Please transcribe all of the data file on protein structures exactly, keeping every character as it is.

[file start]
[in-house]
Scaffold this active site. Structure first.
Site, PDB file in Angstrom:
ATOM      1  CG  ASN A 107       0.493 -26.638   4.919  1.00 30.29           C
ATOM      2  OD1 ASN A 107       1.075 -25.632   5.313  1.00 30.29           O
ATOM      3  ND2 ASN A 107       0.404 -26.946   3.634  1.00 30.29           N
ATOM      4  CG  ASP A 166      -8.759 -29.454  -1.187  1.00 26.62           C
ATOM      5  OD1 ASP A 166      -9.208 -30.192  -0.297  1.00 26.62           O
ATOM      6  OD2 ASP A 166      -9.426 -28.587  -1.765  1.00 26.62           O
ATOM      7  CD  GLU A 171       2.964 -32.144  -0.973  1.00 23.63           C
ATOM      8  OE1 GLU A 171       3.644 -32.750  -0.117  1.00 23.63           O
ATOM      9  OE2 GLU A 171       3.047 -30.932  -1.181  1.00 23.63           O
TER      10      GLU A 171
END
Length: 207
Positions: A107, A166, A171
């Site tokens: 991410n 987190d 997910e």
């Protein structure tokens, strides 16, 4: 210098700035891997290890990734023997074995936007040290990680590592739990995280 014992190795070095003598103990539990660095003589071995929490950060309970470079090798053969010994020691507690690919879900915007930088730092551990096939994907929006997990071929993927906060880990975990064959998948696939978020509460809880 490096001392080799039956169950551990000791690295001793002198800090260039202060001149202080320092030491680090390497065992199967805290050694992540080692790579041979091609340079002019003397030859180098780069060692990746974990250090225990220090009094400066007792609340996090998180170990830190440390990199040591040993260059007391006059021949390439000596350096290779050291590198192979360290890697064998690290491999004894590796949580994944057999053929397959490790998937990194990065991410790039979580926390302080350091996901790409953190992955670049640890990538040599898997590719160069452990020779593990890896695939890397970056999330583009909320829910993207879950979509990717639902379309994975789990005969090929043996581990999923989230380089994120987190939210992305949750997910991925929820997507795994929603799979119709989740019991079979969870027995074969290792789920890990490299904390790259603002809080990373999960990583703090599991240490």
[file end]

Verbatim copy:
[in-house]
Scaffold this active site. Structure first.
Site, PDB file in Angstrom:
ATOM      1  CG  ASN A 107       0.493 -26.638   4.919  1.00 30.29           C
ATOM      2  OD1 ASN A 107       1.075 -25.632   5.313  1.00 30.29           O
ATOM      3  ND2 ASN A 107       0.404 -26.946   3.634  1.00 30.29           N
ATOM      4  CG  ASP A 166      -8.759 -29.454  -1.187  1.00 26.62           C
ATOM      5  OD1 ASP A 166      -9.208 -30.192  -0.297  1.00 26.62           O
ATOM      6  OD2 ASP A 166      -9.426 -28.587  -1.765  1.00 26.62           O
ATOM      7  CD  GLU A 171       2.964 -32.144  -0.973  1.00 23.63           C
ATOM      8  OE1 GLU A 171       3.644 -32.750  -0.117  1.00 23.63           O
ATOM      9  OE2 GLU A 171       3.047 -30.932  -1.181  1.00 23.63           O
TER      10      GLU A 171
END
Length: 207
Positions: A107, A166, A171
């Site tokens: 991410n 987190d 997910e």
């Protein structure tokens, strides 16, 4: 210098700035891997290890990734023997074995936007040290990680590592739990995280 014992190795070095003598103990539990660095003589071995929490950060309970470079090798053969010994020691507690690919879900915007930088730092551990096939994907929006997990071929993927906060880990975990064959998948696939978020509460809880 490096001392080799039956169950551990000791690295001793002198800090260039202060001149202080320092030491680090390497065992199967805290050694992540080692790579041979091609340079002019003397030859180098780069060692990746974990250090225990220090009094400066007792609340996090998180170990830190440390990199040591040993260059007391006059021949390439000596350096290779050291590198192979360290890697064998690290491999004894590796949580994944057999053929397959490790998937990194990065991410790039979580926390302080350091996901790409953190992955670049640890990538040599898997590719160069452990020779593990890896695939890397970056999330583009909320829910993207879950979509990717639902379309994975789990005969090929043996581990999923989230380089994120987190939210992305949750997910991925929820997507795994929603799979119709989740019991079979969870027995074969290792789920890990490299904390790259603002809080990373999960990583703090599991240490």